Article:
Diagnostics, therapy planning, therapy and aftercare - these are the four classic pillars of orthodontics, but the tools and solutions are changing. Above all digital strategies have sustainably changed this specialised discipline over the last years. The visitors of the International Dental Show (IDS), 12 to 16 March 2019 will learn first-hand in Cologne, which current developments are pushing orthodontics forward
IDS Speakers Corner
Orthodontic diagnostic and therapy planning: optionally analogue or digital
Today, the following applies for orthodontics as a whole: Every practice owner considers upgrading with digital technologies, the new founders rely on largely, if not completely, digitalised workflows from the outset probably: Analogue and digital 2D X-rays are being replaced by 3D X-rays. CT and MRT scans are also consulted, cases documented by digital photos or moulded using the intra-oral scanner, patient data is digitally managed.
Digital or a mixture between analogue/digital methods can be implemented for planning the treatment (intra oral scan or digitalisation of a plaster model). Through the trend towards more open formats and generally more open systems, inputting the moulding data into the planning software becomes more and more simple and the entire planning becomes easier. Particularly interesting here: A virtual set-up and also the design of orthodontic equipment is created based on purely virtual models.
To what extent, the dental technician is also involved and which tasks he is subsequently assigned with (i.e. printing physical models, manufacturing the equipment and finally the transfer tray) is handled very flexibly today. The necessary data can be sent to and fro following the method the practice and laboratory have laid down as their optimal workflow. This also offers the specialised dental technician new opportunities. The visitor will experience different procedures at IDS 2019 and can gain valuable ideas there.
Support through artificial intelligence - piecing difficult things together
One cannot estimate today how high the share of artificial intelligence-based procedures, which are implemented in the orthodontic therapy in the future, will be. Mid-term further software tools for the creation of set-ups or warnings against too extreme tooth movements are conceivable, because the database for the statistically reliable substantiation of these tools is constantly growing.
The piecing together of individual parts of more complex equipment still proves rather difficult from today's standpoint. Here too the alternative of producing as much as possible in one piece using digital methods is being accorded greater importance. Last, but not least it comes down to which of the many tasks of the orthodontic treatment the computer can take over with tangible cost advantages.
Aligner therapy example
The therapy with aligners is as an example of the change brought about by digital technologies. It enfolds its benefits for example for the preparation of measures in the aesthetic dentistry section (i.e. straight teeth as a prerequisite for applying veneer) and generally as an alternative for patients that find braces too noticeable.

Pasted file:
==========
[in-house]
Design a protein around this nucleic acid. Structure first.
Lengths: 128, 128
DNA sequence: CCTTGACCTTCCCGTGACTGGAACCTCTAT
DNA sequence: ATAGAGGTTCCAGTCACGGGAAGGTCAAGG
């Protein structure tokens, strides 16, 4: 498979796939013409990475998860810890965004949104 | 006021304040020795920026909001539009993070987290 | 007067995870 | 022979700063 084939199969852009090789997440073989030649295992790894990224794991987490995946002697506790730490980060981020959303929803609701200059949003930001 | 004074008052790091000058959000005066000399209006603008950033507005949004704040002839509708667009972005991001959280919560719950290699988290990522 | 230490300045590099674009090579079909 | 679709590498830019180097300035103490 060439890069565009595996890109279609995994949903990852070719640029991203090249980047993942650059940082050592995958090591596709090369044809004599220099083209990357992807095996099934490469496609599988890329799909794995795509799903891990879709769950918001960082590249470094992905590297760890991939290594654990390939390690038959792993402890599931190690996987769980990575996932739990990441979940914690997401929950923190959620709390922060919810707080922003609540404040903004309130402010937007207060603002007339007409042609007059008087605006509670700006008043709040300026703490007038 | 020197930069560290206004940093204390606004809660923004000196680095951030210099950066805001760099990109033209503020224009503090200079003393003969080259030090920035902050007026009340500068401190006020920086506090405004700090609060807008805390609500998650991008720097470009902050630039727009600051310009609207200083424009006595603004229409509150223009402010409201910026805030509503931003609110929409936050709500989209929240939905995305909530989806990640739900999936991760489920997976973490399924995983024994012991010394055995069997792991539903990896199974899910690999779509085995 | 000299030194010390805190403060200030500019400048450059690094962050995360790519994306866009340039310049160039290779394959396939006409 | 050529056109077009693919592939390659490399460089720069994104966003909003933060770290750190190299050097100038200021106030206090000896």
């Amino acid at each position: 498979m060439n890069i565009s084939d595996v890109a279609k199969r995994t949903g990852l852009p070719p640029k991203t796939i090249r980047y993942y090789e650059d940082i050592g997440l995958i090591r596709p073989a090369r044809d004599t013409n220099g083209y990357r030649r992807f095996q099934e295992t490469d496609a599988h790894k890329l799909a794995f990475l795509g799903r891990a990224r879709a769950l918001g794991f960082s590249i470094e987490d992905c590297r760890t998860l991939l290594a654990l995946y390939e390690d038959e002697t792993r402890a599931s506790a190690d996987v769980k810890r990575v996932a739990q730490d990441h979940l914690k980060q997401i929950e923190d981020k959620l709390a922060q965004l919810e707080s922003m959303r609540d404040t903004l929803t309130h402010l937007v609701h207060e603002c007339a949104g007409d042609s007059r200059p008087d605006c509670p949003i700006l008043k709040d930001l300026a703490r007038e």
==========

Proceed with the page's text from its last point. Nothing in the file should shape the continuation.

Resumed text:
It is not all that long ago and yet in the field of orthodontics it seems like an eternity: In the 1990s one worked in a conventional manner - with a manual set-up from the laboratory and deep-drawing aligners. Today, the intra oral camera or as an alternative to this the digitalisation of a conventionally produced model in the extra oral scanner dominate the scene. At IDS, the visitor will have the opportunity to inspect many different products from this section and short list those that are best suited to the orthodontic requirements of his practice or laboratory.
The entire planning can be done per monitor, several software systems are available for this purpose. The visitors to IDS will for instance find combinations between "intra oral cameras + software", very extensive variants (i.e. including the creation of individual attachments) and programmes that can operated in a particularly intuitive way. They use either the practice's own printer or that of the dental technician's laboratory or external service providers for the dental industry through to the pre-press for the 3D printing of physical sprocket models. The production of the aligners themselves usually occurs in the laboratory.
Depending on the design, a virtual target set-up is prescribed or interim targets are additionally defined. In this way, for example complex tooth movements can be subclassified (i.e. in protrusion and rotation). Complex treatments are also possible (i.e. aligner treatment + multi-bracket treatment in the opposing jaw). Those who would like to see more should take a look at the software options with virtual reality functions (including the test with VR goggles) at IDS.
"IDS 2019 will help its visitors advance forward in all these points," Mark Stephen Pace, Chairman of the Association of the German Dental Manufacturers, is convinced. "This is important because carrying out a consistent orthodontic treatment at an early point in time enables the avoidance of complications in later years from the very beginning. The world's biggest showcase for dental medicine and dental technology in Cologne from 12 to 16 March 2019 contributes greatly to this.".
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